In my group cooking and nutrition program, I share a recipe formula for a refrigerator salad with a base of massaged purple cabbage or kale. Prepping vegetables is the most time-consuming part of a meal. And although they say we eat what's in our fridge, I believe we eat what's prepared in our fridge.
With that in mind, the premise of a refrigerator salad is to use ingredients that are robust and hold up well in the fridge marinating together, providing a quick, read-to-eat vegetable option anytime we need. With purple cabbage and beets, today's salad is an especially easy way to work those blue/purple foods we're often lacking into our everyday meals.
And yes, cabbage can be massaged just like kale. The trick is to use a large, sharp knife or mandolin to slice it very thinly. If using a Conehead cabbage, the slice is less important because the leaves are more tender than a regular round cabbage.
Once I have the massaged base, I vary up the add-ins week to week. Today's recipe is special because it includes whole coriander seeds. I know this might sound strange - we're not used to eating spices in their whole form. But some whole spices such as cumin, coriander, fennel, and mustard seeds, are absolutely edible and delicious. If you've eaten an authentic curry, whole grain mustard, or your grandmother's homemade pickles, you've eaten whole spices. ;-)
The inspiration for coriander seeds came from the many delicious Ayurvedic-inspired salads I had at a yoga and meditation retreat a few summer's back. It's been filed away in my notes to share with you ever since. Better late than never, right?!
The coriander seeds are lightly toasted here and give a welcome, bright pop of herbal, citrus flavor. Cabbage benefits from bright flavors, whether that's coriander seeds, citrus, vinegar, ginger, or capers. I offer substitutions in the recipe headnote just in case, but I do hope you'll give coriander seeds a go, not only for their novelty but also their plant power.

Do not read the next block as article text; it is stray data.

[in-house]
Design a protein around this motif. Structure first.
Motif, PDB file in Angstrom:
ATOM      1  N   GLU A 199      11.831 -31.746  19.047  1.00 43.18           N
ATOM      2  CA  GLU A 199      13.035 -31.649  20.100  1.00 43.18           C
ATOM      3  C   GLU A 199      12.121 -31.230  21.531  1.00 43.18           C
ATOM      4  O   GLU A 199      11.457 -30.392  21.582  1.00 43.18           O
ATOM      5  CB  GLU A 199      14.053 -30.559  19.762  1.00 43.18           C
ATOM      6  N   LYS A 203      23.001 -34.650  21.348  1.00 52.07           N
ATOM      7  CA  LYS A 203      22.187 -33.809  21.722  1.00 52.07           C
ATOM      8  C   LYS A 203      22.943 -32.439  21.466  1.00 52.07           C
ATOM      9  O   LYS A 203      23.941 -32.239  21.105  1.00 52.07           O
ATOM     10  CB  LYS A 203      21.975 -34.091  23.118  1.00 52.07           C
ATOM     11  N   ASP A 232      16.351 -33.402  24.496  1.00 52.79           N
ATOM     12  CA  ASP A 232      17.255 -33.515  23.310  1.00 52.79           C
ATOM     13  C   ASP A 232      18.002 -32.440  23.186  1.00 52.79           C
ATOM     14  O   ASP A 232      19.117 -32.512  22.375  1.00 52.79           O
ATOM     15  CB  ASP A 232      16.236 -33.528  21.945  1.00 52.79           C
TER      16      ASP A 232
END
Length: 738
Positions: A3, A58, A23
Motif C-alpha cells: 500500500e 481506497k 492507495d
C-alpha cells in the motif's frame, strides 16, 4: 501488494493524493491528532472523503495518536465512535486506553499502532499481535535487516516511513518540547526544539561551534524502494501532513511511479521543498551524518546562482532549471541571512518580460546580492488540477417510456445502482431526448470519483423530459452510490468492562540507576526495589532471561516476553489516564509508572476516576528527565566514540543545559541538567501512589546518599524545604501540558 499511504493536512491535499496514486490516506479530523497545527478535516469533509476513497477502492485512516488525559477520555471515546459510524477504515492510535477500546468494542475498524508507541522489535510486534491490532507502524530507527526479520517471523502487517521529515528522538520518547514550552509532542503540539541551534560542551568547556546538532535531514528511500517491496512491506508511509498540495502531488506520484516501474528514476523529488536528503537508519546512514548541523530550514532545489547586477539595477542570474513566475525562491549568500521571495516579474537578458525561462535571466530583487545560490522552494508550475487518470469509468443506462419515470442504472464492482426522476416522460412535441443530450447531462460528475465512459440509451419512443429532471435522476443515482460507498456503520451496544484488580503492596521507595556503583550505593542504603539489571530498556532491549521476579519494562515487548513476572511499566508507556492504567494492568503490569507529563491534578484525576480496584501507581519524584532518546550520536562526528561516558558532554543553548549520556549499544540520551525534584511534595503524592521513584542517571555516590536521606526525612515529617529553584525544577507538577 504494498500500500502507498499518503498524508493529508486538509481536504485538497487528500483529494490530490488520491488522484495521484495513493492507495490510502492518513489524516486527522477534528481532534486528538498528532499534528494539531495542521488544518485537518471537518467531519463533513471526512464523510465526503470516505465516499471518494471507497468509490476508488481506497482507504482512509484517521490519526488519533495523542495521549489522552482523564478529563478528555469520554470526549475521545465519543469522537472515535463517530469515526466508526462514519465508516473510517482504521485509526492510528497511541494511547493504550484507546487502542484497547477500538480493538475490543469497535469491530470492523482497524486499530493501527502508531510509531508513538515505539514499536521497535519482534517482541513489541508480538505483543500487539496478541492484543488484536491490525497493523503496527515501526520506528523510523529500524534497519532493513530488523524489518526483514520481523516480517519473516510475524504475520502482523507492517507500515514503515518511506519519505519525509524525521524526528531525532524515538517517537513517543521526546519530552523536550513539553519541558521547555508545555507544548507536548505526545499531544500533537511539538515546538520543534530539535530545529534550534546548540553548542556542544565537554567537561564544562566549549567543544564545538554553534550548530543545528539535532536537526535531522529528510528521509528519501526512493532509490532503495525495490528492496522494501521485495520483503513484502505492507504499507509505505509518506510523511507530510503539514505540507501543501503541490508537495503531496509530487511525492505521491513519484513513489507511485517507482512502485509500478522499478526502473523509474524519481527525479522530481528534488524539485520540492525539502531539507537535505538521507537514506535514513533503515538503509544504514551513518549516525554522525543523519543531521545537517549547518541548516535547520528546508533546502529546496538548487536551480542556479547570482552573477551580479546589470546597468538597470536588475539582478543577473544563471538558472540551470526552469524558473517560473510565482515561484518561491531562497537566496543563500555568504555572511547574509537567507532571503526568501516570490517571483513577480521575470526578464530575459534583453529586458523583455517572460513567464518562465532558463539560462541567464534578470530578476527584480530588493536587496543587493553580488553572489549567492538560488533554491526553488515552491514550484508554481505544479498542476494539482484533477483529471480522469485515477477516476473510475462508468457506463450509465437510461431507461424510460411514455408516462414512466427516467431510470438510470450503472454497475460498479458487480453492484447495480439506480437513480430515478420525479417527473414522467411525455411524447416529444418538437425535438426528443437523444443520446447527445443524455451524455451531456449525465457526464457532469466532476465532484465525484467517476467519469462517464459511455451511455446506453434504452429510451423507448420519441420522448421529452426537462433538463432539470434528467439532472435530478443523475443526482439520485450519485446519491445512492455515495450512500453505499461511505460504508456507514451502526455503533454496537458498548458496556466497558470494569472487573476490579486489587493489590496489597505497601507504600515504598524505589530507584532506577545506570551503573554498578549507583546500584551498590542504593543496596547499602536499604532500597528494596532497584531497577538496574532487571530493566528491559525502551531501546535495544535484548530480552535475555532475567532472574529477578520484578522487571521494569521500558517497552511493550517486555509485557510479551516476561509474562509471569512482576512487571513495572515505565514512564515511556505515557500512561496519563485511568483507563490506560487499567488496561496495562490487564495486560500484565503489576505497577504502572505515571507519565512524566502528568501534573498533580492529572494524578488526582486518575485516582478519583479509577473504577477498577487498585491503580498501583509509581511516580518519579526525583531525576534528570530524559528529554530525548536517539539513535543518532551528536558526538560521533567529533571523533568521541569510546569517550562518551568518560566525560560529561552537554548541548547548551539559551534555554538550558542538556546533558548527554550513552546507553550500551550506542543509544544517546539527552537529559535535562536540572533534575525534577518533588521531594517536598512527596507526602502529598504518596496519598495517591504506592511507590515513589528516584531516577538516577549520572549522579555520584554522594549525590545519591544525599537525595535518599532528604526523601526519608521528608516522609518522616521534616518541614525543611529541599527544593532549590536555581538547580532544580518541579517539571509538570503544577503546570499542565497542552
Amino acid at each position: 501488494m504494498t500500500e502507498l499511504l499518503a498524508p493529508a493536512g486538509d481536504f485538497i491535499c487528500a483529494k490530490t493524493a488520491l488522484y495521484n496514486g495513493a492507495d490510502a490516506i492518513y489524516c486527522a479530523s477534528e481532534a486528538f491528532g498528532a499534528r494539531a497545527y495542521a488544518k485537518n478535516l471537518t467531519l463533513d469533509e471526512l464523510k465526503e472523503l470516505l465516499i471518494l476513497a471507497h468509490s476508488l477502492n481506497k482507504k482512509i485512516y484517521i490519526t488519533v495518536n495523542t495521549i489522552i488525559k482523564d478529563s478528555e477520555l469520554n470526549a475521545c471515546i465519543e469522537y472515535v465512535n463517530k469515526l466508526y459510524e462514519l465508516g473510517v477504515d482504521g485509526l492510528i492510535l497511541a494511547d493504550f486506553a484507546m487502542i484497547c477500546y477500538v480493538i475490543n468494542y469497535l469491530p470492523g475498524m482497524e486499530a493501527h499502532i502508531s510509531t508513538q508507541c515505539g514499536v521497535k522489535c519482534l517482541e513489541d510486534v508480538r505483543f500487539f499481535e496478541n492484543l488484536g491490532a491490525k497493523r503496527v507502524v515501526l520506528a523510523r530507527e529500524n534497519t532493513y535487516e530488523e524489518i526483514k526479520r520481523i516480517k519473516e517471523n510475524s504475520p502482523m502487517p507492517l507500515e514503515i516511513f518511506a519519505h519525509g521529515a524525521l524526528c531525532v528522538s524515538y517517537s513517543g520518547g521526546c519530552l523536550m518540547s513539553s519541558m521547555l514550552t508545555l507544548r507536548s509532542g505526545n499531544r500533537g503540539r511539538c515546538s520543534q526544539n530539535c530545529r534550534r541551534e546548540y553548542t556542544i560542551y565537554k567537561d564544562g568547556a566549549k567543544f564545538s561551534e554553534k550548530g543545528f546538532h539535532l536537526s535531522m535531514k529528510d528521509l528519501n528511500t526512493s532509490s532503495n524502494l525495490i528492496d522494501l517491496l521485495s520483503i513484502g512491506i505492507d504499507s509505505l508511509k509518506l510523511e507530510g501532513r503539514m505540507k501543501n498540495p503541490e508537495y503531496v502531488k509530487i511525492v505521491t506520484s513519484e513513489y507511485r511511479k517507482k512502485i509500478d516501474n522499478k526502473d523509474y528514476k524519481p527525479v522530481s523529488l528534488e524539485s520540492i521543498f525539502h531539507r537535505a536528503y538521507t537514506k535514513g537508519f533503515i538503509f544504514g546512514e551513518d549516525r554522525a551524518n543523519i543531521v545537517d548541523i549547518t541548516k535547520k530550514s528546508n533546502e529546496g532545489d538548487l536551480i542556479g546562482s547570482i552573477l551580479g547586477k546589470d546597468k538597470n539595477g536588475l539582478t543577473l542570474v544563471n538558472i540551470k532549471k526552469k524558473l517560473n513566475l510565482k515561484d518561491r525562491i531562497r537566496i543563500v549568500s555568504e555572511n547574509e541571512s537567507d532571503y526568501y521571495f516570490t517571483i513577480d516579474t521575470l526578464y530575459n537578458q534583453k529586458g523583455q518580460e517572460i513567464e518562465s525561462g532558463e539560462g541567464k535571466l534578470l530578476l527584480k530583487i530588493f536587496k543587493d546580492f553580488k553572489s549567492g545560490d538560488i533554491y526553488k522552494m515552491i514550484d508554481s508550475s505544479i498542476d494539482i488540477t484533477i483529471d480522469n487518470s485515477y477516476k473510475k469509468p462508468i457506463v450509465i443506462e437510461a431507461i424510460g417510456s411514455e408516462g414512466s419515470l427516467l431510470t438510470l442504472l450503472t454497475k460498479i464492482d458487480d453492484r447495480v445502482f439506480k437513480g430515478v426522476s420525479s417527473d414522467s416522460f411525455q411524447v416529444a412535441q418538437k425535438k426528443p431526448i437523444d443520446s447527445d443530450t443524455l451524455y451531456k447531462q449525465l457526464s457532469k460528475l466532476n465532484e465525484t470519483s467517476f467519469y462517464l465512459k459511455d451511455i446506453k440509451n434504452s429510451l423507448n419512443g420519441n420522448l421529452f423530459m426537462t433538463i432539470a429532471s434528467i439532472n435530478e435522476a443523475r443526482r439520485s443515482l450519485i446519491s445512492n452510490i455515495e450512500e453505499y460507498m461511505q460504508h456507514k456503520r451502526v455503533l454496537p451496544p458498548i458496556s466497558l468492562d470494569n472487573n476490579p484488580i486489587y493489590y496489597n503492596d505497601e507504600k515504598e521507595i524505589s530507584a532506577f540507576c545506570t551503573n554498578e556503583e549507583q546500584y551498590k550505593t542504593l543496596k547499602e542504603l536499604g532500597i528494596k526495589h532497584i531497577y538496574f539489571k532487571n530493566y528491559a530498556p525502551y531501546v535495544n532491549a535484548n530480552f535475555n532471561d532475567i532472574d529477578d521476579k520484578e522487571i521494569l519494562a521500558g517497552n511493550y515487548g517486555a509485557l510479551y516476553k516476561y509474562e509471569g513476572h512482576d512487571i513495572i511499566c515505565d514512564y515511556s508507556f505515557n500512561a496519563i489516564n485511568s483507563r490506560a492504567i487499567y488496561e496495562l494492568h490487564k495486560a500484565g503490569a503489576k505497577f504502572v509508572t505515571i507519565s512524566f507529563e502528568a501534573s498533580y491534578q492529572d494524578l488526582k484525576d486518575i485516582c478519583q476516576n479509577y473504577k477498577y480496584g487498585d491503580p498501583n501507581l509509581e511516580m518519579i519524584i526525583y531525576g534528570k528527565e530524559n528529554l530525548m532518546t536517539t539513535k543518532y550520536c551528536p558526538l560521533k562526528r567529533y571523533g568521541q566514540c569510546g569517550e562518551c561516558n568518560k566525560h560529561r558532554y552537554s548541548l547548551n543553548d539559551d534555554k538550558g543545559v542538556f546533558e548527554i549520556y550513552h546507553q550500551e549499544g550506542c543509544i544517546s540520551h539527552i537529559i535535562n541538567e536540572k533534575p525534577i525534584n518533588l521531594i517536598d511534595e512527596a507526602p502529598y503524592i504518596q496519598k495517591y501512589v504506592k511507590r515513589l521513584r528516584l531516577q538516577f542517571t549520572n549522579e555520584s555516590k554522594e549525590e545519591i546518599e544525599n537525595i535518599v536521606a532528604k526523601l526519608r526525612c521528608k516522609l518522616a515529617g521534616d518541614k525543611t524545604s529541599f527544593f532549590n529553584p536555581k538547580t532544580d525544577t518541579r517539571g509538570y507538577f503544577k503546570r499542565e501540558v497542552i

Along with other spices and herbs such as turmeric, oregano, cinnamon, and ginger, coriander seeds contain terpenoids, a class of chemical plant compounds. Terpenoids possess strong antioxidant activity to fight oxidative stress in our body that leads to aging, inflammation, and disease.
So, whether it's for its vibrant color, make-ahead strategy, an excuse to play with food, or the antioxidant power from coriander seeds and blue/purple phytonutrients, I hope you're as pumped to make this salad as I am!
Massaged Purple Cabbage & Coriander Seed Salad
Serves 4 (scale up as needed)
Notes: The coriander seeds make this salad unique. They give a bright pop of citrus flavor that you can't get from anything else, and they elevate the entire salad. If you don't have them on hand, substitute with toasted sunflower or pumpkin seeds for crunch and a few spoonfuls of capers or grated ginger to taste, for brightness. Capers and ginger are obviously different from coriander seed but a comparable "brightener" replacement.
- 1 Tbsp. coriander seeds
- 1 small head (550 gr) purple cabbage (Conehead or regular round variety)
- 2 medium or 4 small (260 gr) cooked beets*
- Small bunch (20 gr.) cilantro, leaves + tender stems chopped
- 1/2 tsp. salt, divided
- 3 Tbsp. apple cider vinegar
- 2 tbsp. cold-pressed olive oil
- 1/2 tsp. maple syrup
- Toast coriander seeds in a small skillet over medium heat until fragrant and slightly browned (~2-4 minutes). Halve and core cabbage. Slice very thinly, using a mandolin or large, sharp knife. (The slice is less important if using Conhead cabbage.)
- Place cabbage in a large, deep bowl. Add a splash of apple cider vinegar, drizzle of olive oil, and generous pinch of salt. Massage until tender and reduced in volume.
- Slice beets in planks, stack planks, and slice across to make thin batons. Add beet batons, cilantro, coriander seeds, and 1/4 tsp. salt to massaged cabbage. In a small bowl, whisk together apple cider vinegar and remaining ingredients, including the remaining 1/4 tsp. salt. Pour over salad and toss to combine.
- Taste and adjust salt, sweetness, and acidity as needed. (Sometimes cabbage salads benefit from an extra squeeze of lemon, depending on the density and type of cabbage.)
*For quick work, I like using the vacuum-packed cooked beets found in the refrigerator section.